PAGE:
This memo has been traveling like fire from an 'ACS Insider'. The contents are below
I've been an ACS employee for many, many years, but I've grown concerned with the direction of the organization. I'm sending this email to alert you that ACS has grown increasingly corporate in its structure and focus. Management is much more concerned with getting bonuses and growing their salaries rather than doing what is best for membership. For instance, Madeleine Jacobs now pulling in almost $1 million in salary and bonuses. That's almost 3X what Alan Leshner makes over at AAAS, and almost double what Drew Gilpin Faust makes to lead Harvard.
I think Madeleine is smart, but I'm not quite sure if she's in the same category as Dr. Faust. She doesn't even have a PhD!
What really concerns me is a move by ACS management to undermine the open-access movement. Rudy Baum has been leading the fight with several humorous editorials -- one in which he referred to open-access in the pages of C&EN as "socialized science." ACS has also spent hundreds of thousands of dollars in membership money to hire a company to lobby against open-access.
What troubles me the most is when ACS management decided to hire Dezenhall Resources to fight open-access. Nature got hold of some internal ACS emails written by Brian Crawford that discussed how Dezenhall could help us undermine open-access. Dezenhall later created a group called Partnership for Research Integrity in Science and Medicine (PRISM), which has this silly argument that open-access means "no more peer-review."
If you're wondering why ACS is fighting this, it's because people like Rudy Baum, Brian Crawford and other ACS managers receive bonuses based on how much money the publishing division generates. Hurt the publishing revenue; you hurt their bonuses.
I'm hoping that sending out this email will get people to force ACS executives to become more transparent in how they act and spend membership money. Not to mention their crazy need for fatter salaries.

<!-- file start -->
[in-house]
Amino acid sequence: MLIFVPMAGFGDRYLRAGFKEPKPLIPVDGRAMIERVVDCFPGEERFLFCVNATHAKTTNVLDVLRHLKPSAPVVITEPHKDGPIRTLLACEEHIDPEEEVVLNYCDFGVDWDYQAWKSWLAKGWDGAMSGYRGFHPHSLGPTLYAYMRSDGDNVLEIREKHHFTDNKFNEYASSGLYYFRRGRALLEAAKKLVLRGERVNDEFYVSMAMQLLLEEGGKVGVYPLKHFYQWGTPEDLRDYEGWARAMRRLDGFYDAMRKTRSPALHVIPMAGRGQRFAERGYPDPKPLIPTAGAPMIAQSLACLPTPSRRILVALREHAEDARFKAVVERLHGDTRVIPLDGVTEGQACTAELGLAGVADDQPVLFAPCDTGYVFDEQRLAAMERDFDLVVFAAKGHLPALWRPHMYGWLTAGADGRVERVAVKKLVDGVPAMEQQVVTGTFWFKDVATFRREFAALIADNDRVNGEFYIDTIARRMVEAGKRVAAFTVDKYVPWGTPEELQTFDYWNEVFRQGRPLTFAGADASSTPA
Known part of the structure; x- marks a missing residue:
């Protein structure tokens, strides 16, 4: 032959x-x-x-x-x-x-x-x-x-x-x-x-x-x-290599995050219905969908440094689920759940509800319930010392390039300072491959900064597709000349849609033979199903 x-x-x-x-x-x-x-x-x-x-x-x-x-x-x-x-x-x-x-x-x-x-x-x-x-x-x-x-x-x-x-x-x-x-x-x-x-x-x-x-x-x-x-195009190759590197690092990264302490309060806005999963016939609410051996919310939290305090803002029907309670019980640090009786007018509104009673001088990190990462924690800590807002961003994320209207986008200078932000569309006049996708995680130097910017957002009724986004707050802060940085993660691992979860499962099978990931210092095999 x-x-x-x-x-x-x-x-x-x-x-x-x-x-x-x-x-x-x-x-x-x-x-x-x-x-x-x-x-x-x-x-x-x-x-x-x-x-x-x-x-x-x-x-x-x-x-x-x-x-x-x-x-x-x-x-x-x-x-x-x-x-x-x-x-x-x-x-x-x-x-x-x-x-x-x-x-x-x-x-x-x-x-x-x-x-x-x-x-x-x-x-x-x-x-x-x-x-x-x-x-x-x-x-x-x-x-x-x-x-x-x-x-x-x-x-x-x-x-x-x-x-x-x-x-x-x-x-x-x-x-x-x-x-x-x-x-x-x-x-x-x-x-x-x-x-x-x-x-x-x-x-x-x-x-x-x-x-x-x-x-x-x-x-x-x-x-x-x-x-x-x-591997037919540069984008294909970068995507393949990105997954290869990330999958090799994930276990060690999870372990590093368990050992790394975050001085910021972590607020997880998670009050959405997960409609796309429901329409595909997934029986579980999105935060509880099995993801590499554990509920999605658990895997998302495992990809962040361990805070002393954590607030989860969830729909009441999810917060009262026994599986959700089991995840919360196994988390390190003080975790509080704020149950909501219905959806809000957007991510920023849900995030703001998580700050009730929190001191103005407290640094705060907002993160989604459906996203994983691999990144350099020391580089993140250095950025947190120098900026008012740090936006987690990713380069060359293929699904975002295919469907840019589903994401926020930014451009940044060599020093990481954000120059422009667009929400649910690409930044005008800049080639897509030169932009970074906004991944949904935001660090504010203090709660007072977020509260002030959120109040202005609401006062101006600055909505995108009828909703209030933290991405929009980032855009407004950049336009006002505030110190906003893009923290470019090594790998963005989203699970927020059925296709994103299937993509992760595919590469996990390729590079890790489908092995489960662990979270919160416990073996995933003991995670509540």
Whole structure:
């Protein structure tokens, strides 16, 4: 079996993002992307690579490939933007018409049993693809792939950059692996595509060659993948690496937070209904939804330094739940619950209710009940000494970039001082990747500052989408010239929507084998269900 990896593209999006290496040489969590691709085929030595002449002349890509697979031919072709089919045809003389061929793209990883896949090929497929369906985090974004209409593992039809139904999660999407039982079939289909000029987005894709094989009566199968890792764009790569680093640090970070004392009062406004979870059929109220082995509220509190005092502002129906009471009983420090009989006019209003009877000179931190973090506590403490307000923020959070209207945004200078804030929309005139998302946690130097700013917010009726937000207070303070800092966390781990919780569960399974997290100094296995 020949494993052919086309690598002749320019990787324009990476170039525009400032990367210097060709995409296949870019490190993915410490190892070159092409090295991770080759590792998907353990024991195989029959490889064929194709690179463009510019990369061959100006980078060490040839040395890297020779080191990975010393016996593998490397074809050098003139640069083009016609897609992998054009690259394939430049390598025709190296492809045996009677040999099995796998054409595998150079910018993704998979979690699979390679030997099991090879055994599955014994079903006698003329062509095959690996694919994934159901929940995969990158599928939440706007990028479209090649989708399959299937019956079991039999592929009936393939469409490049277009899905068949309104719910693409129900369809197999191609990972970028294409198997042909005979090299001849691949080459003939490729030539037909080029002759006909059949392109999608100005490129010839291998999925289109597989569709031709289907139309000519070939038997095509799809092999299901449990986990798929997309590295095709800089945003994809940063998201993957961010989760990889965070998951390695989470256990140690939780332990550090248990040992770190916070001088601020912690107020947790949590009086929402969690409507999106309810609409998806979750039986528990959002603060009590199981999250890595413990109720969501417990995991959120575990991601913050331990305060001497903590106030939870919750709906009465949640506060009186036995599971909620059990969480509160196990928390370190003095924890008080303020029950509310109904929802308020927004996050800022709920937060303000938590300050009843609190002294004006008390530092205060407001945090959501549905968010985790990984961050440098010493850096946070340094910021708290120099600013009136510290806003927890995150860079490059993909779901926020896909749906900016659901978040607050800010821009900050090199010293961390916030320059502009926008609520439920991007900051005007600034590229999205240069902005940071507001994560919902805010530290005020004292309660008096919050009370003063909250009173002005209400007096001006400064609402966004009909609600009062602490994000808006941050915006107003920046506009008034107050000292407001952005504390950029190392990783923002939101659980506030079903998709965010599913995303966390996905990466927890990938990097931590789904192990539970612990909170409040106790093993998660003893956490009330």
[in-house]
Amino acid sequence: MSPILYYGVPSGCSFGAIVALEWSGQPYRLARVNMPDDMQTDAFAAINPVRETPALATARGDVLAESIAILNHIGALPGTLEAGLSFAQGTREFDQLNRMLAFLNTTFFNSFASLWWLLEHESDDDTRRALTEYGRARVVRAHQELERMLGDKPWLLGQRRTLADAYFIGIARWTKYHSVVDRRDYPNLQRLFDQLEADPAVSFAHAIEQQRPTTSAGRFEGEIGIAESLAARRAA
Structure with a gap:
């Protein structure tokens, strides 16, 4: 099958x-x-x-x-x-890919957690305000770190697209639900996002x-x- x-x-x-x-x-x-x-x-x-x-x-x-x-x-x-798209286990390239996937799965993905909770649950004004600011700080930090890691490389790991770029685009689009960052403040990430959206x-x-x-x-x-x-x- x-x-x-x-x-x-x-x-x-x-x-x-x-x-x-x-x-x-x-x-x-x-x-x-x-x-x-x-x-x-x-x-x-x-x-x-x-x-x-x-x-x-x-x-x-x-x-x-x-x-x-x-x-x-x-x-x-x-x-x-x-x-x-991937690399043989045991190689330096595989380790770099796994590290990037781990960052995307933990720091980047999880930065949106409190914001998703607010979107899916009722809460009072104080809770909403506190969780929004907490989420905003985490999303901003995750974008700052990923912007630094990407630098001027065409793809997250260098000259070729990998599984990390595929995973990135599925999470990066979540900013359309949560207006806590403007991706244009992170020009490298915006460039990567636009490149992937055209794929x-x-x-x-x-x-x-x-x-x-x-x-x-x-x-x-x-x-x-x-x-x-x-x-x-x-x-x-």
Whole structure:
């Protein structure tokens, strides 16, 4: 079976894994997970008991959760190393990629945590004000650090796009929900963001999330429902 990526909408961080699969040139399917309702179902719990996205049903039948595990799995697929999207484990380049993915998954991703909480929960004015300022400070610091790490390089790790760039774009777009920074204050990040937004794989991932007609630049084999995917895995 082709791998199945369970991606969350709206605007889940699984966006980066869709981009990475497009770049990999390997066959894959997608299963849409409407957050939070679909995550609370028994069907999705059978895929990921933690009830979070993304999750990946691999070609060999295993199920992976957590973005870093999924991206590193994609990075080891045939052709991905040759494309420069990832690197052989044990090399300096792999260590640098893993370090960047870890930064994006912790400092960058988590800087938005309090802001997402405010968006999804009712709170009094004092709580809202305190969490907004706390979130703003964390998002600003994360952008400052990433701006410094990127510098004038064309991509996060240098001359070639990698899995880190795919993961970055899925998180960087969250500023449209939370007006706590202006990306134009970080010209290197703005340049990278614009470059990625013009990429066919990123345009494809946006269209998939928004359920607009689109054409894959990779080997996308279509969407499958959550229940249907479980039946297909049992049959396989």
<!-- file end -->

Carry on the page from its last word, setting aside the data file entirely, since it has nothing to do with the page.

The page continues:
It's time for some change. If you want to check out the sources for this information, there is a wiki site that has all the articles and documents outlining what I've just written. You can find it here.
Those of inside ACS know that it's time for things to change. But management won't alter their behavior. The money is just too good.
Aside from the outrageously large sum of executive compensation, close to 1 million, for a non-profit "member supported" organization. The real interesting part of the story is the conflict of interest claims. But, before we get into corporate ethics, there is an other angle that is far more interesting to view the ACS through.
Trivially, ACS can be seen as a manufacturer of products. The product being a publication process. Now, the dirty truth in advertising is you don't need to advertise if you offer a superior product. For instance, this is why there are such ubiquitous ipod commercials. Since, there are many mp3 players in the market that rival the features available in the ipod, Apple has to heavily advertise the culture of ipod. Have you ever seen an ipod commerical showing what it can do that is superior to its rivals? If a product is superior, you simply don't need to advertise. Last example, honestly there are many other chemistry forums on the internet, but I feel Chemical Forums is the best one, thus I feel no need to by ads or advertise how cool Chemical Forums is, people will simply naturally gravitate to this site because it offers better services/community.
Back to ACS, by using our member dues
to vocally oppose the open access standard by advertising and lobbying against it, they are admitting that open access is a superior or equal alternative to their closed access model. The economic reality of commercialism is, you don't need to advertise superior products.
Now, to discuss my own personal biases. I am not a fan of the open access model, I find it a bit silly. It's like claiming Linux is better than windows. Both operating systems suck, and both are quite capable of doing what you need done. I believe in a multi-access model. Where, the open-access model and the closed-access model play their rolls. But, there are more bizarre and interesting concepts on the horizon. For example...
Today's post was going to be on Chemmunity
. Chemmunity, in a nutshell is a peer-reviewed research project
. The website openly asks for authors to contribute in a global chemical collaboration towards an interesting chemical question. There exists a possibility that some research group might swoop in and publish the answer before the end of the first Chemmunity project, but does it matter and would people even consider their work as the first or original? In the world of Web 2.0, the old research models will slowly begin to nudge into something truly fantastic, get prepared for the ride.
Note 1: First brought to my attention by Borek, the fantastic chemistry calculator
guy, here: ACS and Open Acess
Note 2: Link to Chemmunity: http://www.chemmunity.com
Note 3: Peter Suber also has something: More on executive bonuses at acs
Edit 1: Sam's take-- ACS Insider?
Edit 2: Kyle's take-- The tinfoil hats come off